This method is very easy and is only a matter of taking good care of your lotus and having patience. Once your plant has settled and tank conditions are right, the healthy bulb will start to develop dividing bulbs; these bulbs may start to grow their own leaves as well. 

Propagation is as simple as carefully removing these tiny bulbs and moving them to the new desired location.

Pruning

Pruning is very important for these plants as they can quickly shadow other plants and start to take up available nutrients. Pruning is necessary for both live and dying leaves. 

If left to grow, your red tiger lotus will naturally find its way up to the surface of the water. This can cause other foreground plants to become overshadowed, which can affect size, shape, and color.

New growth in your lotus also requires increased amounts of nutrients which ultimately takes away from the other beautiful plants in your aquarium.

How do you prune a red tiger lotus? 

Not only does pruning keep your system balanced, but it also controls the overall appearance of the plant. Many hobbyists choose to keep these lotuses as completely submerged plants as they can to create bushes of color throughout the tank.

As mentioned before, these plants can grow very quickly under the right conditions and daily pruning might be required to keep your plant growing how you want it.

Luckily, pruning is as simple as cutting leaves when they become too clustered. Make sure to cut in moderation as your plants need their leaves to photosynthesize!

Lastly, pruning dying and dead leaves is important. Removing the damaged leaf will keep the plant from exhausting energy on trying to repair it, which can be channeled into new growth instead.

Rotting leaves can also lead to issues with your tank water if left unresolved. 

How can you bring out the red in your red tiger lotus?

Plants will look their best when given the best conditions. This means making sure that it’s getting enough light, nutrients, and carbon dioxide; these plants especially love iron!

When all requirements are met, the leaf color intensity should show it. However, other factors can always affect your plant, like possible disease and lighting quality. 

Red tiger lotus plant in aquarium

Common problems with red tiger lotus

While these tiger lotuses are pretty easy to get established in your aquarium, there are some problems that you might come across.

Overgrowth

As mentioned before, these plants grow fast once placed into optimal water conditions.

While its impressive growth can make for an eye-catching centerpiece plant, nutrients can quickly become depleted and root tab fertilizers are often recommended. Not only does your lotus use nutrients for optimal plant growth, but it also uses carbon dioxide and light.

Remember that carbon dioxide is also needed by all the other species of plant within your tank for photosynthesis. However, if you do not have a carbon dioxide system, then it can be difficult to keep up with the carbon dioxide demand of this fast-growing plant.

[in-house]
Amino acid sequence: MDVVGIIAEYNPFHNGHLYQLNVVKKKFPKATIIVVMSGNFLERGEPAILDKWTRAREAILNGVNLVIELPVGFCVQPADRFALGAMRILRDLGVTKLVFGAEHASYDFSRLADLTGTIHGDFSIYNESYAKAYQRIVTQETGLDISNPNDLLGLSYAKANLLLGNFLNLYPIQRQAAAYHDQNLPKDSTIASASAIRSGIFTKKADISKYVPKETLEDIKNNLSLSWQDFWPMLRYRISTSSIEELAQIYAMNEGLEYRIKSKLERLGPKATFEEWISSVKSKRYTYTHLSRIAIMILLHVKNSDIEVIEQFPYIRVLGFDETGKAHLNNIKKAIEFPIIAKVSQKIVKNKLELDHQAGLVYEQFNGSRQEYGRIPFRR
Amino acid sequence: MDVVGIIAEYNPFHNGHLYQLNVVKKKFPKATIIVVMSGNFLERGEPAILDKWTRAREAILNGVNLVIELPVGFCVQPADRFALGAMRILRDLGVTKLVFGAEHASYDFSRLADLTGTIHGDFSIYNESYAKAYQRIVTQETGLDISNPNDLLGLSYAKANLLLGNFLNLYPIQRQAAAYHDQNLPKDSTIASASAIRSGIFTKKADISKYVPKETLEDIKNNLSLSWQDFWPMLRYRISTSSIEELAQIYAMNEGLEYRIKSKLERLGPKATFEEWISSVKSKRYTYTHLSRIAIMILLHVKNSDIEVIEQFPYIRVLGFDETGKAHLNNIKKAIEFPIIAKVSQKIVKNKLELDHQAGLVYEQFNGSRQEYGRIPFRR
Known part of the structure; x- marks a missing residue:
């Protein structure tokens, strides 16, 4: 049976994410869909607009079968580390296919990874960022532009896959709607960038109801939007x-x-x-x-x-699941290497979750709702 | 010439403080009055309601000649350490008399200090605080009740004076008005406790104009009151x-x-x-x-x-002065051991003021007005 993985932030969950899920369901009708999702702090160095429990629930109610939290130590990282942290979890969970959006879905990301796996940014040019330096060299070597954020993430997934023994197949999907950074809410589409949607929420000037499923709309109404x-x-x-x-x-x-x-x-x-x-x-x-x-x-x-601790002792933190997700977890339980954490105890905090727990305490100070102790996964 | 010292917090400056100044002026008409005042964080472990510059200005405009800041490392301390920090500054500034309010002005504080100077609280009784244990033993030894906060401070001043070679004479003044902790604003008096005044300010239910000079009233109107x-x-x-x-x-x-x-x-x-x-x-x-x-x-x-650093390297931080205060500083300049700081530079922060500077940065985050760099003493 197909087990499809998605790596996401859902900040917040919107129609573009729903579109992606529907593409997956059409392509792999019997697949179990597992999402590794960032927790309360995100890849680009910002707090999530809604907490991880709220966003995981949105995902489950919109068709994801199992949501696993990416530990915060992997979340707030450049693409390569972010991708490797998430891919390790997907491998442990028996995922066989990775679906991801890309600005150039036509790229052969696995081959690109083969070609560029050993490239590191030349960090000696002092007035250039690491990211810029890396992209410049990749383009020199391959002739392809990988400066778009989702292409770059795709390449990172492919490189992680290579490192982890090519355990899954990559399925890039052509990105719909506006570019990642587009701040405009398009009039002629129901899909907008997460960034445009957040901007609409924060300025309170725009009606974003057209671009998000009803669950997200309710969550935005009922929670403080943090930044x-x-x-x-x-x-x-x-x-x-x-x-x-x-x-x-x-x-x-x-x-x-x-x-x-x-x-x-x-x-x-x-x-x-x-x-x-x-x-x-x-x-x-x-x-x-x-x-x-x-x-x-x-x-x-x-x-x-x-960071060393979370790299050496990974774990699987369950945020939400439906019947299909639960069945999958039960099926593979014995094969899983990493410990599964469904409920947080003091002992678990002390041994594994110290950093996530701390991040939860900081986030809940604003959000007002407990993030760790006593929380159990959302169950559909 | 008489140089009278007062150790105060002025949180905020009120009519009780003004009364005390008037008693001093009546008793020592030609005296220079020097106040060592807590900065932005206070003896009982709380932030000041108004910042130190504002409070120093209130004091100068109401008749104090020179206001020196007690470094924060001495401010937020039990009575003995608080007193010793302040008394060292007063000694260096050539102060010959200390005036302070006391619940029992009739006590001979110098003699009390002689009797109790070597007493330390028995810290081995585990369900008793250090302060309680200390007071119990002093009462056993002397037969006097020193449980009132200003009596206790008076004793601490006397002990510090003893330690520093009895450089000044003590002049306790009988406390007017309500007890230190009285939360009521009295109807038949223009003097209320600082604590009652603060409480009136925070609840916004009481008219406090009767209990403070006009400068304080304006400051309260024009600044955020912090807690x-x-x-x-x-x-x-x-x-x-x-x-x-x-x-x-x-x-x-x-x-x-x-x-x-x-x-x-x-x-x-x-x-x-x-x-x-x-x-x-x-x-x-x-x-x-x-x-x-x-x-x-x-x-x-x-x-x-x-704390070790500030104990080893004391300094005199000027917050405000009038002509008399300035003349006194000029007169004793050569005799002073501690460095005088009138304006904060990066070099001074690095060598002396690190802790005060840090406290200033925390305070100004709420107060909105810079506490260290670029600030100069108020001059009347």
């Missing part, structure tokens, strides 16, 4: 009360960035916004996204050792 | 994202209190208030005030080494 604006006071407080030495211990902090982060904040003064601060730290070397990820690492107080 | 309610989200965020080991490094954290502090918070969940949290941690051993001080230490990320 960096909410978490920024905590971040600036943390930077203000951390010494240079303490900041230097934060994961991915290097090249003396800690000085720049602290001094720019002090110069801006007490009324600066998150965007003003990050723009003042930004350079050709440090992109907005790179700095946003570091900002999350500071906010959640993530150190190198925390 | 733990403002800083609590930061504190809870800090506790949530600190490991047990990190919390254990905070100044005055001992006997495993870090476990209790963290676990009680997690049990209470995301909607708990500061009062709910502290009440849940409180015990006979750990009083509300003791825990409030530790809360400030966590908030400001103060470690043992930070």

As the tiger lotus grows, it will also start to shade other plants below it with both its floating and submersed leaves. Since tiger lotuses are a popular mid- and background species, foreground plants can be blocked out for light which can hinder growth and color. 

Fluctuating water temperatures

Red tiger lotus is one of the more sensitive plants available in terms of water temperature conditions. Because these plants are from Africa, they are used to stable, warm temperatures between 72 and 82 degrees Fahrenheit (22.2 to 27.8 degrees Celsius).

If temperatures start to deviate too much from this range, the lotus may enter a state of dormancy and drop all of its leaves. Once temperatures start to rise again, the bulb should start to produce new leaves. 

This can make keeping red tiger lotus as pond plants difficult in climates that experience seasons. Though as bulb plants, they should grow back with warmer temperatures. 

Misnaming

Red tiger lotuses can be difficult to come by and correctly identify in some areas. 

Many times, these plants are just sold as a bulb without any leaf growth, which can make it difficult to tell apart from other Nymphaea species. Even if early leaves are present on juvenile plants, it can still be hard to know if you’re getting an actual tiger lotus or something else.

The best way to ensure that you’re getting a Nymphaea zenkeri is by going to a reputable seller.

Conclusion

You may not have known that lotuses and lily pads could have been kept in an aquarium setting, but with proper maintenance and care, they make for a beautiful and versatile plant! 

Red tiger lotuses can be trimmed to stay completely underwater or left to grow to produce blossoms at the top. While they grow fast, they can be difficult to keep up with pruning and supplying enough nutrients and carbon dioxide. 

If you have any questions about the red tiger lotus, other types of lotus, or water lily (like the dwarf aquarium lily, for example), or have had experience keeping Nymphaea in your aquarium or pond, don’t hesitate to leave a comment below! 

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4 Comments

  • Reply Paul April 7, 2021 at 7:44 pm

    Bulbs planted as recommend 3weeks ago and they haven’t started showing any signs of growing any leaves

    • Reply Jennifer Doll April 8, 2021 at 10:16 pm

      Hi Paul!
      Try turning the bulb over for another week or two in the substrate and see if that does anything. If nothing still happens, take the bulb out and smell it to see if it smells rotten.
      You could just have a bad bulb.

  • Reply Avi Peer May 10, 2020 at 2:14 pm

    Hi my Tiger Nymphaea is loosing its leaves. It was so big and beautiful and now it’s sad.
    The temperature is 28C, I’m injecting near the roots (bulb) both fertilizer (NPG) and Micro elements, CO2 is injected during light on time, but no results.
    Help!

    • Reply Jennifer Doll May 11, 2020 at 11:39 pm

      Hi Avi,
      Would you be able to tell a little more about the system? What are your water parameters? Have you changed anything recently? Are other plants losing their leaves? Hopefully, we can get to the bottom of this :-).